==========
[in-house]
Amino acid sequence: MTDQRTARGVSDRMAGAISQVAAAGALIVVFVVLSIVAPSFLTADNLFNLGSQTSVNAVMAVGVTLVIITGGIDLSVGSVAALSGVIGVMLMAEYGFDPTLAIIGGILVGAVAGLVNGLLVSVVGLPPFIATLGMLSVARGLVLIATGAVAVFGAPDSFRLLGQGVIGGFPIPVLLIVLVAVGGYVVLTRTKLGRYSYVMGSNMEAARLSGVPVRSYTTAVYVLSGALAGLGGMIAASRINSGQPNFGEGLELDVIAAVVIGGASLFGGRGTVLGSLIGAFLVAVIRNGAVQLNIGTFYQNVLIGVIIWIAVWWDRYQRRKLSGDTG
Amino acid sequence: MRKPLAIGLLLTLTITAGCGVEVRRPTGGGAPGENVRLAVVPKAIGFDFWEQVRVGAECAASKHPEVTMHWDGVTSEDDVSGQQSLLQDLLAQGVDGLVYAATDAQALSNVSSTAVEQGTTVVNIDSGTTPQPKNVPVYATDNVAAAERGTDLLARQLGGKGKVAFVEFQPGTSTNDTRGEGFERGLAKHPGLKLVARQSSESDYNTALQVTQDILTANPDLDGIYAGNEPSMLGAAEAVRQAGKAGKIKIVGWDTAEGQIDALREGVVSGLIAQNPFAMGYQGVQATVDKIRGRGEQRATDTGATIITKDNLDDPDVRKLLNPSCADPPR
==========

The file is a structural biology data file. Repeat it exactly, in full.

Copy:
[in-house]
Amino acid sequence: MTDQRTARGVSDRMAGAISQVAAAGALIVVFVVLSIVAPSFLTADNLFNLGSQTSVNAVMAVGVTLVIITGGIDLSVGSVAALSGVIGVMLMAEYGFDPTLAIIGGILVGAVAGLVNGLLVSVVGLPPFIATLGMLSVARGLVLIATGAVAVFGAPDSFRLLGQGVIGGFPIPVLLIVLVAVGGYVVLTRTKLGRYSYVMGSNMEAARLSGVPVRSYTTAVYVLSGALAGLGGMIAASRINSGQPNFGEGLELDVIAAVVIGGASLFGGRGTVLGSLIGAFLVAVIRNGAVQLNIGTFYQNVLIGVIIWIAVWWDRYQRRKLSGDTG
Amino acid sequence: MRKPLAIGLLLTLTITAGCGVEVRRPTGGGAPGENVRLAVVPKAIGFDFWEQVRVGAECAASKHPEVTMHWDGVTSEDDVSGQQSLLQDLLAQGVDGLVYAATDAQALSNVSSTAVEQGTTVVNIDSGTTPQPKNVPVYATDNVAAAERGTDLLARQLGGKGKVAFVEFQPGTSTNDTRGEGFERGLAKHPGLKLVARQSSESDYNTALQVTQDILTANPDLDGIYAGNEPSMLGAAEAVRQAGKAGKIKIVGWDTAEGQIDALREGVVSGLIAQNPFAMGYQGVQATVDKIRGRGEQRATDTGATIITKDNLDDPDVRKLLNPSCADPPR